Guilt And Sorrow
California Superintendent of Public Instruction Bill Honig, one of the nation’s preeminent educational leaders, was convicted in January on four felony conflict-of-interest charges. Specifically, Honig was found guilty of criminal conflict of interest in approving four state contracts worth $337,000 for work by his wife’s nonprofit parental-involvement program. With the conviction, Honig was suspended without pay from his job and, barring intervention from a higher court, will be removed from office when he is sentenced. School officials in California and elsewhere expressed sorrow that the energetic advocate for school reform and higher funding had been banished from the job he has commanded for the past decade. Long before the term “systemic reform” was coined, Honig emphasized a coherent set of policies aimed at improving student learning; they included high standards for students, curricular reform, and alternative assessments—all of which are now the focus of reformers nationwide.
A new report by the venerable Children’s Defense Fund has concluded that the state of children in the United States is a “national disgrace.” In 1991, the document says, 14.3 million children were living in poverty, more than in any year since 1965. Contrary to popular stereotypes, the CDF adds, most of those poor children are white, have a parent who works, and live outside of large cities. Drawing on federal and other data, the report also notes that fewer than 60 percent of 2-year-olds are fully immunized in most states and that in 1991 there were six times as many cases of childhood measles and rubella and twice as many cases of whooping cough than in “the best year of the 1980s.” The annual report, which offers state-by-state data on key measures of child well-being, concludes that without comprehensive aid, millions of children will be left “unready for school; unsafe in their neighborhoods; and victims of needless illness, disability, and death.” Copies of the report, The State of America’s Children 1992: Leave No Child Behind, are available for $14.95 each from the CDF, 25 E St., N.W., Washington, DC 20001.
A Deadly Habit
Use of snuff and chewing tobacco is on the rise among teenagers and is likely to precipitate an epidemic of oral cancer in the next few decades, according to a new report by the U.S. Surgeon General’s office. The document, “Spit Tobacco and Youth,” says 20 percent of high school boys interviewed had used chewing tobacco in the preceding 30 days. It also states that twice as many 16- to 19-year-old boys use snuff as men age 50 and over. Use of these tobacco products is increasing, former Surgeon General Antonia Novello notes in the report, despite the fact that every state except Montana prohibits the sale of tobacco to minors. “This is not a safe alternative to cigarettes,” Novello says. “I am deeply concerned by the attempt of the spit-tobacco industry to downplay the health hazards posed by this type of tobacco.”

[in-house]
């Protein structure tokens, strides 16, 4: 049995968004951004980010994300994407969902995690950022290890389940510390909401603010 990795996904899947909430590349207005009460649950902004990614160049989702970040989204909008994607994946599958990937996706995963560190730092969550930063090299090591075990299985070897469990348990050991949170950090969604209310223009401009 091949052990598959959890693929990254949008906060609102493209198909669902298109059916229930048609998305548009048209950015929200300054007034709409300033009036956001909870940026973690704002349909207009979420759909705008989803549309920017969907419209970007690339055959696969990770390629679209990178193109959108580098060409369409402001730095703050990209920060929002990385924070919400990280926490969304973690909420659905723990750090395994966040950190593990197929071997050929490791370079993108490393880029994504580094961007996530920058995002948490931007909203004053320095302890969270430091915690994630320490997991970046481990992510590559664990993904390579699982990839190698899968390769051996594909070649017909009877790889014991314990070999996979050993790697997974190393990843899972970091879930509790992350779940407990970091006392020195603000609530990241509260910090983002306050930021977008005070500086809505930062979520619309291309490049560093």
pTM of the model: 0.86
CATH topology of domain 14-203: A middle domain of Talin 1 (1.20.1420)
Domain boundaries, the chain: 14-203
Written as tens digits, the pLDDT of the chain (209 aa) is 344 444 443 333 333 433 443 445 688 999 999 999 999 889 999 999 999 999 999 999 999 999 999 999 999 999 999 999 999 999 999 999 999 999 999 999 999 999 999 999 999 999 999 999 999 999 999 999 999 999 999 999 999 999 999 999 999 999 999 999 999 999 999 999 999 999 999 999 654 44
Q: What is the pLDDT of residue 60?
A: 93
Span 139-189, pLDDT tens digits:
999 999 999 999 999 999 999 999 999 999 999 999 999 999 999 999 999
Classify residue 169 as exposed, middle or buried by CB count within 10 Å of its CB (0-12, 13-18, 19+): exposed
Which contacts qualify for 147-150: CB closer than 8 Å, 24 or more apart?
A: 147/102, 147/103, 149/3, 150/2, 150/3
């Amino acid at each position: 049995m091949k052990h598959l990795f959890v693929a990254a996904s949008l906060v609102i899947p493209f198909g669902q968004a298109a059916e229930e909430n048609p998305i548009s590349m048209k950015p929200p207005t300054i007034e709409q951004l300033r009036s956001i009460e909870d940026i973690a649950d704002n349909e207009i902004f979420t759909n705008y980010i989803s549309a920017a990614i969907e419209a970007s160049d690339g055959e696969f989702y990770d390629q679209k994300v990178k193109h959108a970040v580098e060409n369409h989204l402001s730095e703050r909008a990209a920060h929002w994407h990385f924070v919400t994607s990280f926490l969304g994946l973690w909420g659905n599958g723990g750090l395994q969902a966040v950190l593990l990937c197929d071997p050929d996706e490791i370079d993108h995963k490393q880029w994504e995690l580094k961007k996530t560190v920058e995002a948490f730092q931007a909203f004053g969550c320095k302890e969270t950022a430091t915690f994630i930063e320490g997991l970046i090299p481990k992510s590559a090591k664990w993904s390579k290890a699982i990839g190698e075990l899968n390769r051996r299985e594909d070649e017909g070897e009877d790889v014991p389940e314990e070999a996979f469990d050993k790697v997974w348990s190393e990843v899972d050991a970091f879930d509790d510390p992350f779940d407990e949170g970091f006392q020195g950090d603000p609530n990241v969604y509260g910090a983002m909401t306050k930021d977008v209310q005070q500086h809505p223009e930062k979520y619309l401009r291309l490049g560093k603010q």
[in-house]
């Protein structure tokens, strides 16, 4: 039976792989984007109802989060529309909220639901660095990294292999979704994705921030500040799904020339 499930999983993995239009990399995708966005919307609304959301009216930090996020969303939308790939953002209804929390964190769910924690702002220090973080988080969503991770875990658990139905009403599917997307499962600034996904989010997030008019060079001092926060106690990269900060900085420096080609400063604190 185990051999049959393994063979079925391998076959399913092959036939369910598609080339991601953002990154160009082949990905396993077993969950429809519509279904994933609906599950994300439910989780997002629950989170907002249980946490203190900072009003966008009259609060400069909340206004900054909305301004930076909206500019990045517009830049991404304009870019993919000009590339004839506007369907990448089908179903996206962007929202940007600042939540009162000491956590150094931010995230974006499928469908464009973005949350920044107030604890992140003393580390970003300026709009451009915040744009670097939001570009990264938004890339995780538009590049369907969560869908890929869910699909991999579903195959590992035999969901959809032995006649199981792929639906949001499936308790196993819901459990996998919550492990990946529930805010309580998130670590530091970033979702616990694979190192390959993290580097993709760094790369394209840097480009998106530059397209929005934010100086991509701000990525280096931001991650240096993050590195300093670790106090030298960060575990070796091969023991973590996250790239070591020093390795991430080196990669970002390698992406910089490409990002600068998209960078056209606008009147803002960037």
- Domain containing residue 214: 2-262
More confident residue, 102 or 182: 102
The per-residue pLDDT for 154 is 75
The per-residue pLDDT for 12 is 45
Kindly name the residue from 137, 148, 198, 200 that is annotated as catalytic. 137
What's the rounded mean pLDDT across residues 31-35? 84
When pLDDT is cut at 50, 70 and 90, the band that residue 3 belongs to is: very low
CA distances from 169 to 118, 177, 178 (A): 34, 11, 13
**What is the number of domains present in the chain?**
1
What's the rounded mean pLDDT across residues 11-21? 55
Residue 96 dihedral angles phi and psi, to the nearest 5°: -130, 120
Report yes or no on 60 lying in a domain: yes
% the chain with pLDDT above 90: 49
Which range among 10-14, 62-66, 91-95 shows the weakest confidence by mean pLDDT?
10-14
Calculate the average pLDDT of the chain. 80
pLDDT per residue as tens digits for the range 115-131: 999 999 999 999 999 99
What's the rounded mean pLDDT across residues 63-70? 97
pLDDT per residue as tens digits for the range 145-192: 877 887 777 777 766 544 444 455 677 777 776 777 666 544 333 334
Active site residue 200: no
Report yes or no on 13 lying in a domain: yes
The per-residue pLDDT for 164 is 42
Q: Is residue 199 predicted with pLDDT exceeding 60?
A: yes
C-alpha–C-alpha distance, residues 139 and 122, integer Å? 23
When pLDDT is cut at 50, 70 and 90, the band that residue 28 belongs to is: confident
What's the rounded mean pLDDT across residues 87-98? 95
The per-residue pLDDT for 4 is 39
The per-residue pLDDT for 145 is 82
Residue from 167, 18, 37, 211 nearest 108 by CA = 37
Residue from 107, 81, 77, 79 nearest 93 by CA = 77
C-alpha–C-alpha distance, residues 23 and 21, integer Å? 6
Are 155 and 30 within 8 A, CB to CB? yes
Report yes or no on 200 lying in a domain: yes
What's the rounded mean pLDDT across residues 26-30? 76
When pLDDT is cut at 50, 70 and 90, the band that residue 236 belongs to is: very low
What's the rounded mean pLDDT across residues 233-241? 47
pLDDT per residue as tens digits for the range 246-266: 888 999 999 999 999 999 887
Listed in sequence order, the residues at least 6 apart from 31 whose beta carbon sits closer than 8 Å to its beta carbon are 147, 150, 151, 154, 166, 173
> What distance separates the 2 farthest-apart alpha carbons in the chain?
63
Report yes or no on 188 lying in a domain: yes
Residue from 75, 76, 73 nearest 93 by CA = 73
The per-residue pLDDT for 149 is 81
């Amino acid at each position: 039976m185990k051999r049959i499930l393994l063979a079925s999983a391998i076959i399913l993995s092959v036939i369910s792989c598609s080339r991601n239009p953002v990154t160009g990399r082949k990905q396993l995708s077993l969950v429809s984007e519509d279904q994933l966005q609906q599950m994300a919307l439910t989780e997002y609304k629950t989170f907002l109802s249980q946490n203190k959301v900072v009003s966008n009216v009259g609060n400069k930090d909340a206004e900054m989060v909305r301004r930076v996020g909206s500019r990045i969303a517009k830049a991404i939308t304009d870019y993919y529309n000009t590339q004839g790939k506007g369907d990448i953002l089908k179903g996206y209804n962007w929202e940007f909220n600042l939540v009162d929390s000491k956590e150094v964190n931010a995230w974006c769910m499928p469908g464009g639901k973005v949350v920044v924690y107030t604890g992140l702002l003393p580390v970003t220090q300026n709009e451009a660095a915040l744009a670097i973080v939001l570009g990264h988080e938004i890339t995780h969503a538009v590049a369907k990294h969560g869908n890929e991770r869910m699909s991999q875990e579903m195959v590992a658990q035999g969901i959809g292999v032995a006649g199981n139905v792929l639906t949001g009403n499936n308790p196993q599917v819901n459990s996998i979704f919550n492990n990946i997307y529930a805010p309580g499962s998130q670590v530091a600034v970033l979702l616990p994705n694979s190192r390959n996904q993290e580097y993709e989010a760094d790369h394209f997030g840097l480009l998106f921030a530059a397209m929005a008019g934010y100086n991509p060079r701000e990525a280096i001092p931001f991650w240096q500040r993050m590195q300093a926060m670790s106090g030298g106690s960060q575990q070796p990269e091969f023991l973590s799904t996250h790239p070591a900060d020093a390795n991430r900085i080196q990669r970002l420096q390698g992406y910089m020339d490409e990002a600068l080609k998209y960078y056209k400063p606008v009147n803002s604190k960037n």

The U.S. Education Department has distributed more than 150,000 copies of a new brochure that outlines national efforts under way to set “world class” curriculum standards. The free brochure defines what the standards are, provides a brief history of the standards-setting efforts, and lists the addresses of the projects developing standards for mathematics, science, history, the arts, civics, geography, and English. Now in its second printing, the brochure can be obtained by writing to: Standards Brochure, Office of Educational Research and Improvement, U.S. Department of Education, 555 New Jersey Ave., N.W., Washington, DC 20208.
A Right To Play?
A federal district judge has denied a claim by a high school basketball star in Pittsburgh that he has a constitutional right to play the sport. Danny Fortson, a junior at Shaler High School and an all-state center, filed the lawsuit against the Pennsylvania Interscholastic Athletic Association and the Western Pennsylvania Interscholastic Athletic League after they declared him ineligible to play the sport until December 1993. The two groups ruled that Fortson was improperly lured to Shaler from Altoona High School. A high school that competes with Shaler had challenged the transfer. In his suit, Fortson argued that the two organizations violated his constitutional right to play basketball. He also alleged that he was discriminated against because he is African American. U.S. District Judge Donald Ziegler dismissed both charges, noting that a white player was also suspended last year for an improper transfer and that both organizations have legitimate interests in regulating high school recruiting.
A version of this article appeared in the March 01, 1993 edition of Teacher as Current Events